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Wednesday, 10 September 1902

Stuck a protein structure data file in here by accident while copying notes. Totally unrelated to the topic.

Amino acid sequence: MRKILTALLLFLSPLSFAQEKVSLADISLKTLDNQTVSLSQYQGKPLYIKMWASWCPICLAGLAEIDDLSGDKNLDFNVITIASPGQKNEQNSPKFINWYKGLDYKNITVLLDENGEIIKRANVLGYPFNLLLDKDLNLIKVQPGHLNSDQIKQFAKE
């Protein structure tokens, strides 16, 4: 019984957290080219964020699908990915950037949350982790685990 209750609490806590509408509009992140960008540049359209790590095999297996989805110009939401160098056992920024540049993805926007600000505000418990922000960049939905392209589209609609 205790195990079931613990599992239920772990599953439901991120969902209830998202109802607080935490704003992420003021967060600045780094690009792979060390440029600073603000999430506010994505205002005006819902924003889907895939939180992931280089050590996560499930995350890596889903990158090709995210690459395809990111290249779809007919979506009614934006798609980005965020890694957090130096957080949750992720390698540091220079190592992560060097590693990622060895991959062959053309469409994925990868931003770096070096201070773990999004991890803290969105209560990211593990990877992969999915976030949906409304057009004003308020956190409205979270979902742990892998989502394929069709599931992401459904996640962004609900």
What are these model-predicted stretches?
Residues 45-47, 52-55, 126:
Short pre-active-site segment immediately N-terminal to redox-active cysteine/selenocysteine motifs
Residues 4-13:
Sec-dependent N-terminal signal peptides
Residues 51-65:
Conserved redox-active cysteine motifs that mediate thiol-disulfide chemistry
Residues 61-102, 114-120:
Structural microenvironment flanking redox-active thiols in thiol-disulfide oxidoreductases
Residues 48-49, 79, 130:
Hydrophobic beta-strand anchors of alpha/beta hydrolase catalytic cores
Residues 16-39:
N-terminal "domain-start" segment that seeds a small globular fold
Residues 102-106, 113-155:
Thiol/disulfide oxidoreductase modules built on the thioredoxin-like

Sir LANGDON BONYTHON (South Australia) - At the beginning of the session I made my position in reference to the Northern Territory quite clear to this House. But I should like to ask honorable members whether we are altogether studying our self-respect by proceeding with the discussion of this matter ? It is true that the offer made by you, sir, as Premier of South Australia, has not actually been withdrawn, but practically it has been withdrawn. That is proved, I think, by the action which has recently been taken by both Houses of the South Australian Legislature. Under these circumstances, I am not at all sure that it is wise for this House to further debate the question. I think that the whole of Australia is very much indebted to South Australia for its past action in relation to the Northern Territory. At different times we have been told that it has been a burden upon us, and that we have been piling up liabilities. All that is true, but so far as South Australia is concerned it need nut have been true. As my colleague, Mr. Poynton has pointed out, when Senator Playford, was acting as Agent-General in London for that State, he received an offer which, had it been accepted by the Government of South Australia, would have freed that State from all liability in respect of the Northern Territory. But the acceptance of that offer meant that the company winch made it was to have a free hand in regard to the class of labour which it employed in the "development of the Territory. This, the Ministry of South Australia would never consent to give. Consequently the Territory is held as it, is at the present moment. As I have said, South Australia is entitled to the thanks of the whole Commonwealth for the position in which things are to-day. In reply to the honorable member for Tasmania, Mr. O'Malley, I think there is no doubt that whatever may happen in the future in regard to the Territory, that portion of the Continent must be bound by the legislation of the Commonwealth. It is part of the Commonwealth, and of course cannot escape from any legislation which may be adopted bv this Parliament.







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